Before ever making a cast, when Christie launches his boat on a flooded fishery, he samples the water clarity throughout the lake. He might have an idea of what the water will look like but he’s learned you never know until you lay eyes on it.
“The first thing I’m going to try to do is find the right mix in terms of water clarity,” Christie said. “I don’t want to be fishing the dirtiest water available and I don’t want to be in the cleanest water, either. Going on a little boat ride before settling in and fishing shows you the lay of the landscape in terms of clarity.”
Christie likes to start where the dirty water and clear water meet or mix, but that isn’t always as simple as starting in the mid-lake area of a reservoir. Some creeks or rivers may be rolling mud while others have cleaner runoff, prevailing winds may push dirty water around to different sections of the lake and if a fishery has been high and muddy for a while, water coming in from the rivers may be the cleanest available.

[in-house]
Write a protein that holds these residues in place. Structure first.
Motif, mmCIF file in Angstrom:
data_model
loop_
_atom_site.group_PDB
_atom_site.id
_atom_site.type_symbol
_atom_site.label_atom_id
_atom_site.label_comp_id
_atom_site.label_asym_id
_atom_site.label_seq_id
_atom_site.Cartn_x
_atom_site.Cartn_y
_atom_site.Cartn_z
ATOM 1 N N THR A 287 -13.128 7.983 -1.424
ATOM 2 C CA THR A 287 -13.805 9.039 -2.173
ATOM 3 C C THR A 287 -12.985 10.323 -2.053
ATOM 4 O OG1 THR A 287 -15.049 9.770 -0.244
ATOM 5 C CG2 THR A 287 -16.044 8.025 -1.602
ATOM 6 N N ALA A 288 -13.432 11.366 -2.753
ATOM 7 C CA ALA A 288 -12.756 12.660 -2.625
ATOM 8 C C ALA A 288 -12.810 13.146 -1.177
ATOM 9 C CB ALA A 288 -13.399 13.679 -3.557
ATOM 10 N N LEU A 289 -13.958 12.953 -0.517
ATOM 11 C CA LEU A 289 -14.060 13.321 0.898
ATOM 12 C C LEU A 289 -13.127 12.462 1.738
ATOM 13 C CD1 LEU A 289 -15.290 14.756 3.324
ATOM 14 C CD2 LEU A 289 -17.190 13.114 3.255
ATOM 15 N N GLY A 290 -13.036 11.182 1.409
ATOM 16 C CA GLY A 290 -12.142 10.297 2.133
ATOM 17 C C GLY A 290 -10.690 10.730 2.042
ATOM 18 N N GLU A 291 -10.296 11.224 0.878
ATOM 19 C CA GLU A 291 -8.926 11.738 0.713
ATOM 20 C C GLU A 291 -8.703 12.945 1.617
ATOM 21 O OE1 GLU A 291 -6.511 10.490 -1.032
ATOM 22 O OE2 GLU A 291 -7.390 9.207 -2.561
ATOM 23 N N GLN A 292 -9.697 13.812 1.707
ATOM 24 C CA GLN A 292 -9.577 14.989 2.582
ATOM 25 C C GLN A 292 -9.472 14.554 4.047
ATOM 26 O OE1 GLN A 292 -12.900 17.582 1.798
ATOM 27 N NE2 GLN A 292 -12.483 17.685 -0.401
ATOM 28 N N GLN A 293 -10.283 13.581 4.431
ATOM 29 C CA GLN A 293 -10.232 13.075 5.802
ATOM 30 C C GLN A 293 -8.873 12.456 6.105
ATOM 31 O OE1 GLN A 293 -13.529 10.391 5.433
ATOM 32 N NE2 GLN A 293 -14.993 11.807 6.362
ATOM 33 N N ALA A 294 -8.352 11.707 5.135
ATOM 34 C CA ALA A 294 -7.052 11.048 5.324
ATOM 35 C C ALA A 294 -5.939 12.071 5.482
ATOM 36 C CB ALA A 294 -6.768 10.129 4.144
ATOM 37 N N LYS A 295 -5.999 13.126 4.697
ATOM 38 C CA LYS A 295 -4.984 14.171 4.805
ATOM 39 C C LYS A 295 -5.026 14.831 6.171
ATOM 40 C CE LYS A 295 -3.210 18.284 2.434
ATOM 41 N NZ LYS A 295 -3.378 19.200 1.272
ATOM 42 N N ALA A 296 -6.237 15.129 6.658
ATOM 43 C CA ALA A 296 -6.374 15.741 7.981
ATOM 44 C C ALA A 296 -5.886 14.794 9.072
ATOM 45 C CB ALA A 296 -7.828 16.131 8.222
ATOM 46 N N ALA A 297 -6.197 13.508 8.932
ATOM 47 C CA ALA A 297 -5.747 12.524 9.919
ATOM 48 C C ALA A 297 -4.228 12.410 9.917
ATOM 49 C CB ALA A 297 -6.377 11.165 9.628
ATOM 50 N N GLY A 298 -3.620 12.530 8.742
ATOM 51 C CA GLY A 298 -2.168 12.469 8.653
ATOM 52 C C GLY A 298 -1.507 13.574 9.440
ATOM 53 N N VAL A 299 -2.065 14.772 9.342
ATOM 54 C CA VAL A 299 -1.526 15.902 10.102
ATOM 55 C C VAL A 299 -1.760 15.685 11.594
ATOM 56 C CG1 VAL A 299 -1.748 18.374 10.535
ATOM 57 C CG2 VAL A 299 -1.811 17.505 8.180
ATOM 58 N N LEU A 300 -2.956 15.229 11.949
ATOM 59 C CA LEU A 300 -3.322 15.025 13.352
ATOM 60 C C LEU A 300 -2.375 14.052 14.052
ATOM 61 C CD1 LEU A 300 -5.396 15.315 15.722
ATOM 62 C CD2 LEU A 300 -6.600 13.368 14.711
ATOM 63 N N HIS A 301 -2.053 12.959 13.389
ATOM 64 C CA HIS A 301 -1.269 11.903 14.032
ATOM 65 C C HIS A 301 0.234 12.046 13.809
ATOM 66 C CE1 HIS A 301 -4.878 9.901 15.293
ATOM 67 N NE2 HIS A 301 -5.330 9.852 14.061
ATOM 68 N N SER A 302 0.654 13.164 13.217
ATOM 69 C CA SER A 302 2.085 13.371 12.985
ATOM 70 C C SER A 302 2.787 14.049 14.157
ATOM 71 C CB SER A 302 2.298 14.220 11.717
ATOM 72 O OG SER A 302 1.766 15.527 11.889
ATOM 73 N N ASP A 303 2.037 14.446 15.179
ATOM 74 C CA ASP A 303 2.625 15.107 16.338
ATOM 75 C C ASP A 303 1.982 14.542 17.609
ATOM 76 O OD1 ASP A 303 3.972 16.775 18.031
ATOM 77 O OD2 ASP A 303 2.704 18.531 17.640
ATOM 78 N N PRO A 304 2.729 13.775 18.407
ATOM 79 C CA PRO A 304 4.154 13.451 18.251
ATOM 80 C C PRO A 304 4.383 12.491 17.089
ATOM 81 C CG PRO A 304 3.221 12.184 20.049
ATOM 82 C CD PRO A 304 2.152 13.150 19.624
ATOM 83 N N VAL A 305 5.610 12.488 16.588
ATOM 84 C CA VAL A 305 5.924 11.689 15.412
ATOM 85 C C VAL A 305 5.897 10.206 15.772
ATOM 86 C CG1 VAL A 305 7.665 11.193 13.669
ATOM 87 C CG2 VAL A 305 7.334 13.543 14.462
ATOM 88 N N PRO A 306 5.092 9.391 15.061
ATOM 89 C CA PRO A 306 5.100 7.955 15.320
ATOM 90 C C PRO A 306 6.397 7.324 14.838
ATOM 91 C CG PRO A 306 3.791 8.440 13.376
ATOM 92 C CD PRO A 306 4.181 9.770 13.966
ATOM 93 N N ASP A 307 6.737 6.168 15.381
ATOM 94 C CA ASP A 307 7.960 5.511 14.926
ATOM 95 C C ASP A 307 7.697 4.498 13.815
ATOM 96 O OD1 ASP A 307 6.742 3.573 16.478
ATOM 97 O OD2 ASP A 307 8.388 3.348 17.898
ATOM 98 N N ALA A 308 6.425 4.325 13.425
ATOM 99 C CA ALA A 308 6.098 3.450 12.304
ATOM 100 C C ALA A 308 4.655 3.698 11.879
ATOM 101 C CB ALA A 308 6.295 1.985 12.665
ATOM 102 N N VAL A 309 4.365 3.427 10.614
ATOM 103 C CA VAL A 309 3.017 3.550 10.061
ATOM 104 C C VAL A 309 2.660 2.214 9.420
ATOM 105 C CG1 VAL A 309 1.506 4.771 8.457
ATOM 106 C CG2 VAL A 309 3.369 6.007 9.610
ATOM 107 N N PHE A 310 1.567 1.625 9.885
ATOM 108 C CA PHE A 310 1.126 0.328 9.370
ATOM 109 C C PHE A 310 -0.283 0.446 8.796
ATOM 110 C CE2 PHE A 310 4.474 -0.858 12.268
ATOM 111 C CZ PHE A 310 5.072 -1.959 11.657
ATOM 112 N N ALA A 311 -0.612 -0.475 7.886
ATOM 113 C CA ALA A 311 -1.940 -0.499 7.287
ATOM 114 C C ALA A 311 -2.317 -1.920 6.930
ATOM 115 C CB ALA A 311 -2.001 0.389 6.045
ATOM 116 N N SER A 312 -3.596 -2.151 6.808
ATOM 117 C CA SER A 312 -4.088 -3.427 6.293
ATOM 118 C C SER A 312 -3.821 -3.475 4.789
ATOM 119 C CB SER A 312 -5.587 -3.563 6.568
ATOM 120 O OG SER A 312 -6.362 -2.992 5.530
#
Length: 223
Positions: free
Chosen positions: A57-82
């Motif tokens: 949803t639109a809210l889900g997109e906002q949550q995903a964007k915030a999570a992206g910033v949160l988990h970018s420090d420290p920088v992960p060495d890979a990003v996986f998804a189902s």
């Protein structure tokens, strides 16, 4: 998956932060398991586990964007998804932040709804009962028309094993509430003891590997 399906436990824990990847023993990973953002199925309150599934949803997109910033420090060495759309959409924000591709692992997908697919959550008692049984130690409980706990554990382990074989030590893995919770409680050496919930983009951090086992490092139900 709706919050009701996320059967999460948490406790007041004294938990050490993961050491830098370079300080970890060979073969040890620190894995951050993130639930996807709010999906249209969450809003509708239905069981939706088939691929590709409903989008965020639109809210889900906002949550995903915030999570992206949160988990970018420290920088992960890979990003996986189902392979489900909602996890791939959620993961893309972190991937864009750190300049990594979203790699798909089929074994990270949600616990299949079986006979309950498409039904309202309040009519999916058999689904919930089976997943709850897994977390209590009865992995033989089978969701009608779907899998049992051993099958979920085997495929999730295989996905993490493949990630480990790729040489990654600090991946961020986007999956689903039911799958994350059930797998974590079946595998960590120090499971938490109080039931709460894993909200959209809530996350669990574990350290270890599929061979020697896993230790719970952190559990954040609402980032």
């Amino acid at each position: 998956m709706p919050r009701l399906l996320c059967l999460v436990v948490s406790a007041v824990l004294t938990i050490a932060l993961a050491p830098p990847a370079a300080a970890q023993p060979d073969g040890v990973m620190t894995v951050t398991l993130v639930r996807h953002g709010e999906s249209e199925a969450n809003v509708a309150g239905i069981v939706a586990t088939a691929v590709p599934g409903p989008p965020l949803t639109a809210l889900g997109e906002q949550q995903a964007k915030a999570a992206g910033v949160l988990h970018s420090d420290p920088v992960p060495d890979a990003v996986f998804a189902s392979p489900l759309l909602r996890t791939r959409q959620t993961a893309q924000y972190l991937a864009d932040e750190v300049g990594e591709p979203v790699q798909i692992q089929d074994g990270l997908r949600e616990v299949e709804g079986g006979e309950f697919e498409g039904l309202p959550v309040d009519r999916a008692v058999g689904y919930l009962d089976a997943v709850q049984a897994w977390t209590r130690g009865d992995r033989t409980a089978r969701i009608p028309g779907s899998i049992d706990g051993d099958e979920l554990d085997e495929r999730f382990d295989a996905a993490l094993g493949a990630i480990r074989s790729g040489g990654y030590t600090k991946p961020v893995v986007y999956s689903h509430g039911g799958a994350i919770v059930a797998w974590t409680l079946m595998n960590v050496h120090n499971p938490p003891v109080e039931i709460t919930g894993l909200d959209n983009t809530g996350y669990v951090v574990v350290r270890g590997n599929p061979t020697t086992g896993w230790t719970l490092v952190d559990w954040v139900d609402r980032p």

“You always learn a lot looking around during flooded conditions,” Christie said. “Even on lakes I’m super familiar with, every flood is different and I’ll learn something counter to what I expected to see while driving around. These little learnings could be the difference between catching a pile of fish or flailing around like you’re lost.”